I loved wandering about Chatuchak, full of interesting shops and personalities, my favourites being with a man who got tired of being a shop keeper and became a dancing tambourinist, and the main coconut seller, hitting them with a knife so the water flew, while shouting aggressively “come and get coconuts, young, fresh and beautiful!”

Ok he looks too calm in this one... wait till you see the video.

7. VISIT KHAO SAN ROAD. Not too often though. The official insane backpacker street, crazy during the day, completely insane at night. A lot of fun, but wouldn't go there many more times... Publishable highlights include street sellers selling bugs on sticks (my friends ate scorpions, and I posed with and bought a cockroach, but I did not eat it, sorry I'm a squeamish eater) and dancing to street DJs, so cool!!


Apparently spiders are gooey on the inside
So fake IDs are one of the many services Khoa San offers
During the day it is also full of stalls which we went round one day. 

Also, many massage places (one thing I sadly didn't have time to do... :( next time!) and cool little finds on side streets, including the Gasoline Bar, which had a Lucky Hour – they flip a coin and if you correctly guess head or tails (though it was 'king' or 'temple' there) you got your cocktail for free!
Some of my favourite fellow-hostellers at the lovely Gasoline Bar :)

8. VISIT A SKY BAR. Coz sky bars are just awesome.

confusing systems which are probably quite efficient if you learn how to use them. Like, well, Bangkok's taxi rank at the airport way surpassed my intelligence or awareness of surroundings – after finally finding the taxi rank (after spending ten minutes wandering around the limousine rank, vaguely wondering if limousines were Bangkok's version of taxis – then I realised there was another level under mine with taxis all colours under the sun (and I am not exaggerating, one of the most common colours was massively bright PINK)) I walked into a taxi, sat down next to the driver, smiled politely and showed him my address and the instructions to my hostel, trying to rack my brains what he meant when he kept on just saying “sleep number”. Then he produced a piece of paper with a number on it – oh, SLIP number, and oh, there must be some taxi-booking system here and I am currently attempting to steal number 22's taxi... Woops, sorry taxi driver. I got out, embarrassed, and he, very happily and good-humorously, pointed me towards the Machines which Produce Slip Numbers.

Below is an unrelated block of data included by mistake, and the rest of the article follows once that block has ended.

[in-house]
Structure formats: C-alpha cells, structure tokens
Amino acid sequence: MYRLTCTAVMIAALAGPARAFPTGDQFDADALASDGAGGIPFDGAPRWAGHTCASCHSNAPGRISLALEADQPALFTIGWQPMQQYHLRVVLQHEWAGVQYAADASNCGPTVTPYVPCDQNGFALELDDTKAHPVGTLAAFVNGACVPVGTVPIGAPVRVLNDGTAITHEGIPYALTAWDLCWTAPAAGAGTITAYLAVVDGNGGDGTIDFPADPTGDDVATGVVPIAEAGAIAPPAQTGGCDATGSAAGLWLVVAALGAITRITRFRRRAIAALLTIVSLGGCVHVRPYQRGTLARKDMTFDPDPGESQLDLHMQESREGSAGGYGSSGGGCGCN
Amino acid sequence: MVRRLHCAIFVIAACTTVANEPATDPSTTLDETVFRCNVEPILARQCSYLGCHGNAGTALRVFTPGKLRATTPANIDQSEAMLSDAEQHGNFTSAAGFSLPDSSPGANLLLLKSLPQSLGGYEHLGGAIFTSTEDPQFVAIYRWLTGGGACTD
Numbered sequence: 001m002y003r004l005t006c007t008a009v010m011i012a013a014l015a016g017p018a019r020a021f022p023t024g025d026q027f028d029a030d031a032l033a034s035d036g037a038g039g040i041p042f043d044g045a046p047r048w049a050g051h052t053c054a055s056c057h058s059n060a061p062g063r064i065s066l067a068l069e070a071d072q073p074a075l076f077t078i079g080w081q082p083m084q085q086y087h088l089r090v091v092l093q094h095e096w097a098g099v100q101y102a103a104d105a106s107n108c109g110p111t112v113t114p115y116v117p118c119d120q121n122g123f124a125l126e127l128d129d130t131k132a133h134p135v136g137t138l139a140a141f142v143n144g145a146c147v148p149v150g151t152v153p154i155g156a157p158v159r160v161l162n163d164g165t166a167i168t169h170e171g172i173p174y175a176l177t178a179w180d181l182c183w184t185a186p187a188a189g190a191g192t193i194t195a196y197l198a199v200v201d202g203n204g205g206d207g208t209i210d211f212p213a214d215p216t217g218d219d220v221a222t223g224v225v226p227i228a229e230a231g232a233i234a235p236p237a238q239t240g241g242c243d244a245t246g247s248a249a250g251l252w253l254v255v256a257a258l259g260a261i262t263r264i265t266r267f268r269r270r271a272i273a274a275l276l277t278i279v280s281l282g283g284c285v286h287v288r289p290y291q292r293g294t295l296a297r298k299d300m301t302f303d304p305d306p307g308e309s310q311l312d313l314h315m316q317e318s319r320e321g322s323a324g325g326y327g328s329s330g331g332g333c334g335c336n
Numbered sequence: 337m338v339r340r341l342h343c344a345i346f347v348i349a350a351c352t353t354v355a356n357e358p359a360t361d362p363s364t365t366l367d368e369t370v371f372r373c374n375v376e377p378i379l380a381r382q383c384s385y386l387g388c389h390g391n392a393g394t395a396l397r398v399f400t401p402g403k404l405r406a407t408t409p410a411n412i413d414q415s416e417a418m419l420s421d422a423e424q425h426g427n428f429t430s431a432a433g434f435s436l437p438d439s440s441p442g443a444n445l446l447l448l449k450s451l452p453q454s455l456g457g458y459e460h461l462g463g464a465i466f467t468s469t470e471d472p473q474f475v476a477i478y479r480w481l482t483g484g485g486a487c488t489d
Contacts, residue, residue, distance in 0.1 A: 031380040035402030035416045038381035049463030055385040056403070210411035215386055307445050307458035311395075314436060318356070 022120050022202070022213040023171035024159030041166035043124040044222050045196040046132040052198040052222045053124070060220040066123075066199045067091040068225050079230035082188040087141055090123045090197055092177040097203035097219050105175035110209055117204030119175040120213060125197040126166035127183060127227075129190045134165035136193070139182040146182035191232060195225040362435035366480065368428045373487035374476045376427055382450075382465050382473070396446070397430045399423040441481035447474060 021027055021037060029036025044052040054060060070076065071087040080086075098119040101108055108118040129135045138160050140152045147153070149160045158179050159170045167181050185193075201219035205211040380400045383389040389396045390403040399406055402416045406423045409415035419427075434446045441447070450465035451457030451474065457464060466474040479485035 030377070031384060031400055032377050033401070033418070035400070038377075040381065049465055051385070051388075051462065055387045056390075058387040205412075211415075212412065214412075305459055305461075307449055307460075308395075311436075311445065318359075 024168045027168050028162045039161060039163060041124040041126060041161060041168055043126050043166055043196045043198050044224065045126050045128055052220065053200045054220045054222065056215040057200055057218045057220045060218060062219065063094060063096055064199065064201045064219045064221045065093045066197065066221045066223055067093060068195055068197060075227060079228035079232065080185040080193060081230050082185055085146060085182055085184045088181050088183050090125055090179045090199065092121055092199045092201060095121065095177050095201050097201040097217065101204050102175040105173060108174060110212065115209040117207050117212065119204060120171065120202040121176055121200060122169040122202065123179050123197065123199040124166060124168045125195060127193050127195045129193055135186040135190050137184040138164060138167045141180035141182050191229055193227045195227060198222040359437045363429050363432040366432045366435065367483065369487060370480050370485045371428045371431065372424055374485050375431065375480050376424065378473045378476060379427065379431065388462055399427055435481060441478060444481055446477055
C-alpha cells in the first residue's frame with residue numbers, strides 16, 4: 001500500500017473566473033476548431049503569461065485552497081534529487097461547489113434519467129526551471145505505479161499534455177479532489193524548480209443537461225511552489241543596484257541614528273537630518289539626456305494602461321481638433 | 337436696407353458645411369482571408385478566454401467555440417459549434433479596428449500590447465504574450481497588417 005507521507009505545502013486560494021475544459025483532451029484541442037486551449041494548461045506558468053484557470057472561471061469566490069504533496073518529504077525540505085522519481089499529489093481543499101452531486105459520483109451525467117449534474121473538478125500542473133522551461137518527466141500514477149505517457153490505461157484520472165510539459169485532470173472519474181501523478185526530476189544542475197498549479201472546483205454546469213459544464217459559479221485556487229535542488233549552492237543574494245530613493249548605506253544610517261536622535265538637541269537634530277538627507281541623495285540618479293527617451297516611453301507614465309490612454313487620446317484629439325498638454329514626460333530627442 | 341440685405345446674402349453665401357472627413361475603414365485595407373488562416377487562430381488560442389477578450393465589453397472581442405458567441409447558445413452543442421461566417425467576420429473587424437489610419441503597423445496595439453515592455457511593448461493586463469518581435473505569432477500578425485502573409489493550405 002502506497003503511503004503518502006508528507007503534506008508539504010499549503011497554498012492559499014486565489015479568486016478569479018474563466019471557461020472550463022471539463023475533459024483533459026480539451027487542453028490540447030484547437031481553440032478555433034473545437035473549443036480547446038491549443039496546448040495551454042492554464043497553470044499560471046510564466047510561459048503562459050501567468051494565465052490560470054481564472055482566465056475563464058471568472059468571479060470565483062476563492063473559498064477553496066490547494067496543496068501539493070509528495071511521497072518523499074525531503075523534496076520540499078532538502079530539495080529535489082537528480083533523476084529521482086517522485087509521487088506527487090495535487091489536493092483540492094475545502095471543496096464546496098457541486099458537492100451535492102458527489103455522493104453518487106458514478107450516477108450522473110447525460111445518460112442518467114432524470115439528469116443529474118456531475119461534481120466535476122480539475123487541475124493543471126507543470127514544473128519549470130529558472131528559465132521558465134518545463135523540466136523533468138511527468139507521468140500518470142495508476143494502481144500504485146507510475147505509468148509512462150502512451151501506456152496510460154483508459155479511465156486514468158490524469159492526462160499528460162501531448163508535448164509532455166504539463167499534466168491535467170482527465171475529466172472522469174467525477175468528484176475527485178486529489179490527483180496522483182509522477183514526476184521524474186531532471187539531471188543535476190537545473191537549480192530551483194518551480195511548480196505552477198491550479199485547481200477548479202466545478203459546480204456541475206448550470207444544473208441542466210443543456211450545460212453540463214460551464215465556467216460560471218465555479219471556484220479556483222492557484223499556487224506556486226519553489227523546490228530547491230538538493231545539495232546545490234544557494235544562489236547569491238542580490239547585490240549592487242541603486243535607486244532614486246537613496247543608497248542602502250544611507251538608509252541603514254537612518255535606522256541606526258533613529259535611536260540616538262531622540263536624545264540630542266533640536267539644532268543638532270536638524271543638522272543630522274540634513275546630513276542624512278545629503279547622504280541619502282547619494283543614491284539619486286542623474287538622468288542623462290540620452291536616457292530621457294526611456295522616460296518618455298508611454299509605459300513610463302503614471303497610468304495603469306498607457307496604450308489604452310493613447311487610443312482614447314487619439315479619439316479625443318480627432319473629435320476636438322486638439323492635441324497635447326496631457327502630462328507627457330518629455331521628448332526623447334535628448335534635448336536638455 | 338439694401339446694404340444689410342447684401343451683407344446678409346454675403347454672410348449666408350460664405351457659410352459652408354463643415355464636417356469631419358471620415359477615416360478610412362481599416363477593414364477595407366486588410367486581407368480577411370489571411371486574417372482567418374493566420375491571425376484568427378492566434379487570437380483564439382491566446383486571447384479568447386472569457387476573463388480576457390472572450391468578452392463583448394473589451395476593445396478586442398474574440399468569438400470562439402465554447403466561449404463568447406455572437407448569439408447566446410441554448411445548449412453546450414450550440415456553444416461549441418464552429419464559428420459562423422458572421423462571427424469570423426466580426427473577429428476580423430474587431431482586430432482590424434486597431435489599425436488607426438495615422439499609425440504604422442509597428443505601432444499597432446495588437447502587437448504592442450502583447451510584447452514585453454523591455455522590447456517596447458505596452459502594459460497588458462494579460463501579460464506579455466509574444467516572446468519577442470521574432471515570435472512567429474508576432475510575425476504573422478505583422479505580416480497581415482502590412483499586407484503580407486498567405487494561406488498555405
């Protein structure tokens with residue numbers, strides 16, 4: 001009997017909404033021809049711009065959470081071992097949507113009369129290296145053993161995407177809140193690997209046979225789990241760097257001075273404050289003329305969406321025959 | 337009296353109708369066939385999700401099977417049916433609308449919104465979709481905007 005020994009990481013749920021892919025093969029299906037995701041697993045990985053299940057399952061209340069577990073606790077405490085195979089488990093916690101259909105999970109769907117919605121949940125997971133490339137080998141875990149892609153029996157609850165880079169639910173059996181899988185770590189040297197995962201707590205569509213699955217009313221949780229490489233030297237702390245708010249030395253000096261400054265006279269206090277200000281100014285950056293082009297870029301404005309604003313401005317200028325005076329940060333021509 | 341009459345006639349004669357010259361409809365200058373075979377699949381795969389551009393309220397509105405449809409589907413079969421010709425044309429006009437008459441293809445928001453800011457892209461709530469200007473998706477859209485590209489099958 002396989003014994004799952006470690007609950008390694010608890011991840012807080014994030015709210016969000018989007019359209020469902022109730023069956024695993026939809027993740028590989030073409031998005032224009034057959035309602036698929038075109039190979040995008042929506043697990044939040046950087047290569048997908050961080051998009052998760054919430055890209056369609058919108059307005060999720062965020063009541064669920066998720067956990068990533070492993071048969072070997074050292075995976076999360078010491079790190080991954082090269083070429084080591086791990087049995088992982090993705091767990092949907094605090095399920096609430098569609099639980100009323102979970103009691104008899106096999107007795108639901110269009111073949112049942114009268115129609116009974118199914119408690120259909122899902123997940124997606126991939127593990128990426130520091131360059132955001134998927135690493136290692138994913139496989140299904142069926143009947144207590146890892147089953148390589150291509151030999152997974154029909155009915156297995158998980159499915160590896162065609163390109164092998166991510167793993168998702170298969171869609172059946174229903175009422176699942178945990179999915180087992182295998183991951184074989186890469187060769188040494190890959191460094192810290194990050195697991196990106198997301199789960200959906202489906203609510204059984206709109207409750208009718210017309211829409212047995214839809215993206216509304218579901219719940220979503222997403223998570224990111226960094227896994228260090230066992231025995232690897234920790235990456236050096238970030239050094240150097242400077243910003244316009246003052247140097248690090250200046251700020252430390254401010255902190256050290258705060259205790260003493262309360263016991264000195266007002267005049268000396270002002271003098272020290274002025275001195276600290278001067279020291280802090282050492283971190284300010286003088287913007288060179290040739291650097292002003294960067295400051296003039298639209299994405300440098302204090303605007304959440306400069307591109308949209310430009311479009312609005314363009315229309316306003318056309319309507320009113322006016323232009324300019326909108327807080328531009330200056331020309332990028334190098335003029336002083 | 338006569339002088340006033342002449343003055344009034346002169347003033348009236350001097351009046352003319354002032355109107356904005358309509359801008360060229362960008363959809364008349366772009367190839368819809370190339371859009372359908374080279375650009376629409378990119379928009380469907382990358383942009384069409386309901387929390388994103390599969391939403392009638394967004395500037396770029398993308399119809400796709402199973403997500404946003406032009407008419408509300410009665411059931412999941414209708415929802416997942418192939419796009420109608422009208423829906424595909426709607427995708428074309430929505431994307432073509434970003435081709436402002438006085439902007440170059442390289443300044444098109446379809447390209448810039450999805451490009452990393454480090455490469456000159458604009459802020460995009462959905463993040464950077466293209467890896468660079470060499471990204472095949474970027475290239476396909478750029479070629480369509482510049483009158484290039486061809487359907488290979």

Finally in MY taxi
Also, Connor and I found a Food court at some far-out shopping centre, where we experienced more Questionable Efficiency – long story short, after getting our plates of food we wandered about with them in this large Food Court looking for somewhere to pay, ended up having to go to and fro between the payment card (they have some special E-card which you transport to places) recharge place, the paying place and the original stall we ordered our food at... Safe to say our food was cold by the time we finished our miniature exploration and were allowed to sit down and eat.
The said food ('Katsudon', we got it coz we had no idea what it was)

10. GO ON DAY TRIPS. Which include elephant-feeding and being jumped on by crazy monkeys who have taken over a ruined temple. And that is to be continued in future entries...
The local xeom driver of Lopburi

Stay tuned!!


Wednesday, 14 January 2015

Motorbiking it to Saigon - Attempt 1

Well, three months ago I didn't even dream of owning a motorbike. Two months ago I considered the idea crazy. A month ago I thought the idea quite likely, but one thing I definitely would not do for a while is the crazy trip nick-named the 'death ride' or something like that by one of my co-workers, Bien Hoa to Saigon. Well, now I did it.

Well, mumsie, fear not because death did not seem a threat. Actually, not once. The trucks and buses obediently did not drive over me, and I feel I can handle my motorbike pretty well now. Well, death threat was far surpassed by sense of directionless threat. Yes, I know I have not been blessed with a magnificent sense of direction. Yes, I chatted to a newbie teacher K who managed the trip easily within his first week here and as a motorbike owner. “Any problems?” I asked. “Nope!” But STILL I cannot FATHOM how little sense the whole journey makes. Like, like, like, I did my ultimate best NOT to get lost but, well, maybe you can guess...
Bien Hoa – Saigon in a nutshell: at non-rush hour expect it to take about an hour. It's about 30km, same distance that I did in 20 minutes when I worked 30km away over the summer. But, well, that's going at 120km/h in a car on a Finnish motorway for most of the time, whilst here it's 40km/h on a Vietnamese motorbike. The route was meant to be simple: Go straight, just remember to turn left just before entering central Saigon. Okiedokes.